Irreplaceable as club president

Pia Traje is still irreplaceable as president of Honda Club of the Philippines but is willing to let another individual lead the club.

Pia Traje is still irreplaceable as president of Honda Club of the Philippines but is willing to let another individual lead the club.

Honda Club of the Philippines (HCP) president Pia Traje has the unenviable task of managing over 800 active members divided into 14 subgroups.

But she said the secret to getting the job done is not just by distributing the workload to her 37 officers.

“In addition to the nine officers of the core group, each subgroup has two officers who I can talk to,” she said. “But for affairs that we can’t handle, I tap sponsors and volunteers.”

Traje said from being the head of the CR-V subgroup, she moved up the ranks of HCP after joining in 2008. When she became a bona fide member a year later, she became vice president for finance in 2010 and became club president in 2014.

“As president, I see to it that we hold a grand eyeball [GEB] every month, as well as organize activities that will benefit the members and sponsors,” she said. “I also gather all the subgroup leaders for a monthly meeting and provide an opportunity for them to exchange ideas and plan club activities.”

Traje also said she implemented programs and policies that not only ensured loyalty to the club, but also improved camaraderie.

“An aspiring member should attend at least five GEBs for the whole year in order to graduate in December,” she said. “It was also during my first year as president that the first and official Honda Club of the Philippines basketball league became a reality. Only bona fide HCP members can play and create a team, which is why we currently have a good number of newbies who are aspiring to be bona fide members because they want to play in the next league.”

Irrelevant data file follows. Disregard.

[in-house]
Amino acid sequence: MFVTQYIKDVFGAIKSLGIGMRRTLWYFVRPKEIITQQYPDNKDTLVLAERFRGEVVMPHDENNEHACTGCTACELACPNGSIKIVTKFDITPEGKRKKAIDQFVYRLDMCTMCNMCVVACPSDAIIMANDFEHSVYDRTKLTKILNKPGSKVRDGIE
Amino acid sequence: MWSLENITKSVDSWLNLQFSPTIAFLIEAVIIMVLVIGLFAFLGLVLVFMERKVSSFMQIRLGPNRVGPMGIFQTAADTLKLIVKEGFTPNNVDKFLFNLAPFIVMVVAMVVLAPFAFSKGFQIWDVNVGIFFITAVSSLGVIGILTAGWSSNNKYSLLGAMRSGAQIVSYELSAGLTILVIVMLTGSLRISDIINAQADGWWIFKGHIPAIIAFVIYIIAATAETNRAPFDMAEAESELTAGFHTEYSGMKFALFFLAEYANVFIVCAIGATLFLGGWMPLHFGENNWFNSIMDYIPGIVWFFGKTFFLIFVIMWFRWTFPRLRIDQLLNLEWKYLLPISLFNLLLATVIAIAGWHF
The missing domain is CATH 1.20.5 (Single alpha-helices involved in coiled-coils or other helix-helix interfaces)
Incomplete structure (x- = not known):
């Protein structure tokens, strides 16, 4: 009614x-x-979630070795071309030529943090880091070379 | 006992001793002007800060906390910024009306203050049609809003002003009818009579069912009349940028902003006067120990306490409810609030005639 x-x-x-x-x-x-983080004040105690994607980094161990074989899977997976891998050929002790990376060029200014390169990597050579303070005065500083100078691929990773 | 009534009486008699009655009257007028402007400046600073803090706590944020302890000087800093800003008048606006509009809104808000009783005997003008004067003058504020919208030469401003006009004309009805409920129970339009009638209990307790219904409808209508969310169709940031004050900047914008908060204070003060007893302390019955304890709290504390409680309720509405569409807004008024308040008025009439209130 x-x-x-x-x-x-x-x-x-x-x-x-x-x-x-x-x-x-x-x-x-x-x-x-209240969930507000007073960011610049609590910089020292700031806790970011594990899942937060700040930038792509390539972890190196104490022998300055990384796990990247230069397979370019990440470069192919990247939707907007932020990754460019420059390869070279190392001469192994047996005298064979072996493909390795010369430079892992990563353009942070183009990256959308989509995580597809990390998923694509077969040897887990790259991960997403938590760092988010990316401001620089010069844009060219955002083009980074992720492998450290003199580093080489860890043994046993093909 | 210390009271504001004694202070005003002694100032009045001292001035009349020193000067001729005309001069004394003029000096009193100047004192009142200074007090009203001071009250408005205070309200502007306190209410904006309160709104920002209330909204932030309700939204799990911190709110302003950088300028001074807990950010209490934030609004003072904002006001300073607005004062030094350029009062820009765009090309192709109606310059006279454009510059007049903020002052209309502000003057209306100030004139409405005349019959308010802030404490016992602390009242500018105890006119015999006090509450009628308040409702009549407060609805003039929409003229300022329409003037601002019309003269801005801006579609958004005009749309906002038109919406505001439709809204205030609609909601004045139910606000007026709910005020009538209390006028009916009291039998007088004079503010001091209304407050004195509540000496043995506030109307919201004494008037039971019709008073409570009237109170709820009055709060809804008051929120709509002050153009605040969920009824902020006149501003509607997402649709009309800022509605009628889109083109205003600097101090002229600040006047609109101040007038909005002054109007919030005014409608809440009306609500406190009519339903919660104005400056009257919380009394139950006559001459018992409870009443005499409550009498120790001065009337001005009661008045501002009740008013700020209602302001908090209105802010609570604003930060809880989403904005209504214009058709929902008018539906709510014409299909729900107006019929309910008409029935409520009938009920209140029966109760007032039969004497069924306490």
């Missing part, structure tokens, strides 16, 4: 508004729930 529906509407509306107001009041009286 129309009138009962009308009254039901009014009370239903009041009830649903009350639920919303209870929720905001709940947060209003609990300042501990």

But although her term ends in June this year, Traje said there isn’t anyone to succeed her yet.

“The club’s board of directors hasn’t called an election because they think no one is deserving enough to succeed me,” she said. “In a sense, I’m sort of irreplaceable. However, I’d really like to step down because my work is getting in the way of my duties in the club.”

Traje graduated from the Philippine School of Interior Design and has been a practicing interior designer for the past 12 years. Besides her freelance work, she said she also helps run the official Philippine distributor of BioWood, which is an Indonesian brand of environment-friendly reconstituted wood.

But until she finally steps down, Traje said she wants to keep the club as inclusive as possible.

“I see HCP as an organization that is very diverse because of different ideas, perspectives and talents,” she said. “I also want to provide many opportunities for members coming from a variety of backgrounds to contribute to the club.”


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